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Ausubel's Meaningful Verbal Learning

  1. Prepared by: Mitschek, Ariane B. BSE-ENG2A 02/23/16 Ausubel’s Meaningful Verbal Learning / Subsumption Theory
  2. Ausubel’s Subsumption Theory Four Processes for Meaningful Learning Meaningful Reception of Information Advance Organizers Learner’s Cognitive Structure Correlative Subsumption Use of Advance Graphic Organizer Expository Derivative Subsumption Narrative Subsumption Graphic Organizers Combinatorial Learning Superordinate Learning Skimming
  3. Meaningful Reception of Information According to David Ausubel, knowledge is hierarchically organized, and new information can be attached/anchored to what is already known. Once a learner successfully attached this new information to their existing knowledge, this is where Meaningful Reception of Information takes place.
  4. Learner’s Cognitive Structure Learner’s Cognitive Structure is the most important factor influencing learning. It pertains to the learner’s present knowledge including facts, concepts, propositions, theories and raw perceptual data that the learner has available at any point in time.
  5. Use of Advance Graphic Organizer Since the learner’s cognitive structure is the most important factor influencing the learning, this should be strengthened. Ausubel proposed the use of advance organizers to allow students to already have a bird’s eye view or to see the “big picture” of the topic to be learned.
  6. Whenever the learner’s cognitive structure is successfully strengthened, acquisition and retention of new information is facilitated. This process is called “subsumption”, in which new material is related to relevant ideas in the existing cognitive structure. Subsumption
  7. Meaningful Learning can take place through four processes: Four Processes for Meaningful Learning
  8. This describes the situation in which the new information you learn is an example of a concept you already learned. EXAMPLE: Your concept of bird is that, it has feathers, beak, and lay eggs. Now you’ve seen a blue jay, new kind of bird that conforms to your concept of bird. Your new knowledge about blue jay is attached to your concept of bird without altering the concept. Derivative Subsumption
  9. This describes the accommodation of new information by changing or expanding the concept. EXAMPLE: You’ve seen a new kind of bird, which is the ostrich. The ostrich can’t fly, has big body and long strong legs. To accommodate this new information, you need to include the concept of an ostrich to your previous concept of bird. You expand the concept by including the possibility of bird being big and having long strong legs. Correlative Subsumption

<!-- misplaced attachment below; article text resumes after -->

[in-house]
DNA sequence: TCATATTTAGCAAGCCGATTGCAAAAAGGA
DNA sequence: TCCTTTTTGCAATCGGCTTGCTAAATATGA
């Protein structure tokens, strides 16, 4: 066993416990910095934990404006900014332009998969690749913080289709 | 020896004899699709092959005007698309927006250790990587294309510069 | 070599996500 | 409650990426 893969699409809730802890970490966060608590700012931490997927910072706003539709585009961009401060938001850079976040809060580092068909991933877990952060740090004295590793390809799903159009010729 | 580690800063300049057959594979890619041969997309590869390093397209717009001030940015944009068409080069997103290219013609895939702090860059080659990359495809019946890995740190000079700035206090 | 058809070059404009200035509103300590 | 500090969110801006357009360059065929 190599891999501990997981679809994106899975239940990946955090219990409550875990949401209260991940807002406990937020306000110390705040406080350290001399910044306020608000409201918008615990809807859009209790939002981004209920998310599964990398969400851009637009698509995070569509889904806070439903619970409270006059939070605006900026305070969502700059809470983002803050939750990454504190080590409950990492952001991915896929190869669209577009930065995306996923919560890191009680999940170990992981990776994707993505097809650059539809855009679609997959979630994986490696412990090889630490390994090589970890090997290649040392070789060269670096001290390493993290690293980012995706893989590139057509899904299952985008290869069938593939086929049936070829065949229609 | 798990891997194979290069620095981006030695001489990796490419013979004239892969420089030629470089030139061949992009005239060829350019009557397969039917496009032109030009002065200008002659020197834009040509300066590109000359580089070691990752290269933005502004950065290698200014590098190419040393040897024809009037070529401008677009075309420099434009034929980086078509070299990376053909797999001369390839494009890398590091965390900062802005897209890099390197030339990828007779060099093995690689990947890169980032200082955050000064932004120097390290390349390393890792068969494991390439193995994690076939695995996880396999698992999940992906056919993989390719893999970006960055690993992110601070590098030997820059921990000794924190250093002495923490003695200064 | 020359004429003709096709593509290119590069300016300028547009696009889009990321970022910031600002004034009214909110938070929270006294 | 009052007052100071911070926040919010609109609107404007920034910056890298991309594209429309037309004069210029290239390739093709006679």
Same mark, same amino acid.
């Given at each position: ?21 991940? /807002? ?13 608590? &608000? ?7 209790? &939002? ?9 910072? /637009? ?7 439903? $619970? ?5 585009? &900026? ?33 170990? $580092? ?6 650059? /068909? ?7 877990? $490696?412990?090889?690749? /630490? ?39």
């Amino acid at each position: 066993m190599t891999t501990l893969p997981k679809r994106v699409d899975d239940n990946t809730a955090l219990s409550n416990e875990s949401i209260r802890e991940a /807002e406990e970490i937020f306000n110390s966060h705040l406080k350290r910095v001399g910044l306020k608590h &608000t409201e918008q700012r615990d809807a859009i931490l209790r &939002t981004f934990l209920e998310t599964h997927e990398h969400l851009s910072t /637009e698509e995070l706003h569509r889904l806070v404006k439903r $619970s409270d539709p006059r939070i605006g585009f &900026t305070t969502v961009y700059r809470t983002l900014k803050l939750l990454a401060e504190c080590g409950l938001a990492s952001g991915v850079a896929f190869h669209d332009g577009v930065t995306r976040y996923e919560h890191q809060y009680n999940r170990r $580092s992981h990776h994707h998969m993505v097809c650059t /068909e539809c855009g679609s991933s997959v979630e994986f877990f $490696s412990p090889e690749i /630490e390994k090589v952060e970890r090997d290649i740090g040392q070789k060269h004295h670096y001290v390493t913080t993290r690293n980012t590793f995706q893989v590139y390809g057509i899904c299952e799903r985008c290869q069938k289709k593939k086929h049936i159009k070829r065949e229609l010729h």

10. Superordinate learning is when you knew a lot of examples of the concept, but did not know the concept itself until it was taught to you. EXAMPLE: You knew about banana, mango, dalandan, guava etc., but you did not know, until you were taught, that these were all examples of fruits. Superordinate Learning
  11. It describes a process by which the new idea is derived from another idea that is neither higher or lower in the hierarchy, but at the same level ( in a different, but related, “branch”). EXAMPLE: To teach someone about how plants “breathe” you might relate it to their previously acquired knowledge of human respiratory where man inhales oxygen and exhales carbon dioxide. This is because they are related to each other as they are both labeled as “process of breathing”. Combinatorial Learning
  12. The advance organizer is a major instructional tool proposed by Ausubel. Two Benefits of Advance Organizers: • You will find it easier to connect new information with what you already know about the topic. • You can readily see how the concepts in a certain topic are related to each other. Advance Organizers
  13. Types of Advance Organizers • Expository – describes the new content. • Narrative – presents the new information in form of a story to students. • Skimming – is done by looking over the new material to gain a basic overview. • Graphic organizer – visual to set up or outline the new information. This may include pictographs, descriptive patterns, concept patterns, concept maps. Advance Organizers